Stuck between a rock and a hard place

Housing in East Jerusalem

Manufactured housing crisis: the political and social determinants of health

Since 1967, planning and zoning policies in Jerusalem have been racialised and used to advance political agendas, criminalise Palestinians’ right to decent housing and strip them off their right to the city. Thirty-five per cent of Palestinian land has been confiscated for settlement building, 22 per cent designated as green areas and public infrastructure, where building is not allowed, 30 per cent remain unplanned areas, and only 13 per cent is zoned for Palestinian construction, much of which is already built up. 

Treated as foreign immigrants in their own city where Entry into Israel Law applies, and threatened with automatic revocation of their residency rights if they fail to prove that Jerusalem is their centre of life, Palestinians in East Jerusalem are forced to live in compromised housing conditions. Their numbers grew from about 69,000 in 1967 when Israel occupied and annexed East Jerusalem to about 324,000 in 2015. Meanwhile, Israel has failed to meet their basic housing and infrastructure needs.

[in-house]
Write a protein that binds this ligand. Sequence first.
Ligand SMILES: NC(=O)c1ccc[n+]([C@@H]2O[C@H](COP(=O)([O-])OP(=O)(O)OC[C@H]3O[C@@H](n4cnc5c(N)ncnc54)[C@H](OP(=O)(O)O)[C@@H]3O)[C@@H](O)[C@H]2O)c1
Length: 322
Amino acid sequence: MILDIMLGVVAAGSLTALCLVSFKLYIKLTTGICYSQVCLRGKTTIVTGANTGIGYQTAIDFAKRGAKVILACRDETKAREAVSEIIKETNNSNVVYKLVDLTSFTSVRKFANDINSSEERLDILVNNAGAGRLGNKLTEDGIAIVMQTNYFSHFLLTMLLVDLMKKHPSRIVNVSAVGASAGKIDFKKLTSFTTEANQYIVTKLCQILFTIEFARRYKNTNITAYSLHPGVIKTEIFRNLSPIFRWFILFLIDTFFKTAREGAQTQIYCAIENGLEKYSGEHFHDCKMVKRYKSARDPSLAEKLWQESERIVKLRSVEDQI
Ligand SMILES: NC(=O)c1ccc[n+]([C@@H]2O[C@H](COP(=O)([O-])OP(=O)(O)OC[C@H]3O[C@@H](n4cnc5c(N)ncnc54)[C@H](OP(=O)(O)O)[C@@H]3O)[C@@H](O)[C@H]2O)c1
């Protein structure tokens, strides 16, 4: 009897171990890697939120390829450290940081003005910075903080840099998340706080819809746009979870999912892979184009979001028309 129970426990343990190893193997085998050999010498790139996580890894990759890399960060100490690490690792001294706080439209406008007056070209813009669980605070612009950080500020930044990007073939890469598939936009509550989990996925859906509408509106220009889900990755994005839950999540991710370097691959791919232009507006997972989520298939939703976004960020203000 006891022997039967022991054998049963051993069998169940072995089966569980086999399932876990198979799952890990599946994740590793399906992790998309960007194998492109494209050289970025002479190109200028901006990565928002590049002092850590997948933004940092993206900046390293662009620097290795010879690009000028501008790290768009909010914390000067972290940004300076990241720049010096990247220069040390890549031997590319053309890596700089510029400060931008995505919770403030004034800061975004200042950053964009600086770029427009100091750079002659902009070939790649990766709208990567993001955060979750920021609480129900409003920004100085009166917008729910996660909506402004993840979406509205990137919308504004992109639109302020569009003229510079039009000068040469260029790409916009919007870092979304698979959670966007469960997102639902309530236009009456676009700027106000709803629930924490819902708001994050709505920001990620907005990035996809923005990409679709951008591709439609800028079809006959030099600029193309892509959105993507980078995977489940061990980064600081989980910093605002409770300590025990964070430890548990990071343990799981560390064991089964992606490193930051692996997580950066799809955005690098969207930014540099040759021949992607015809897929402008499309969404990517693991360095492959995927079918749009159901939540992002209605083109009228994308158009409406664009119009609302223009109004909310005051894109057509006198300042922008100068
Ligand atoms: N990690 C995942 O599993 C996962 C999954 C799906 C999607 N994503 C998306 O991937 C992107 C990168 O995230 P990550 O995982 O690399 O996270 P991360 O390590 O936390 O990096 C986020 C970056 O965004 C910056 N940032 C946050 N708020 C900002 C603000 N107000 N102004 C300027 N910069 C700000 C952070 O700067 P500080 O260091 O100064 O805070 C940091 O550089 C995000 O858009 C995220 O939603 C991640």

The unmet rise in demand for housing, the racialised and unaffordable planning and zoning regulations, along with rendering the place of residency a prerequisite for retaining residency rights, meant that the available housing in East Jerusalem is unaffordable for the majority of Palestinian families, 79 per cent of whom live below the poverty line (2015). Many of those living in the Old City and its vicinity, for example, have been forced to live in severe overcrowding, inadequate dilapidated conditions, build with no construction permits, thus risking criminalisation and demolition of their homes, or move to neighbourhoods behind the wall. 

The series of photographs are of Palestinian families who experienced demolition/self demolition or settler eviction in East Jerusalem and the impact this has had on their physical and mental health. While they are appreciative of the healthcare system Israel offers them, they question the state’s planning and zoning policies and its politicisation. Stress, precarity, fragmentation and a sense of injustice are common feelings. Jerusalem for them is their home. They have no plans or intentions to leave it despite the hardship and compromised housing conditions.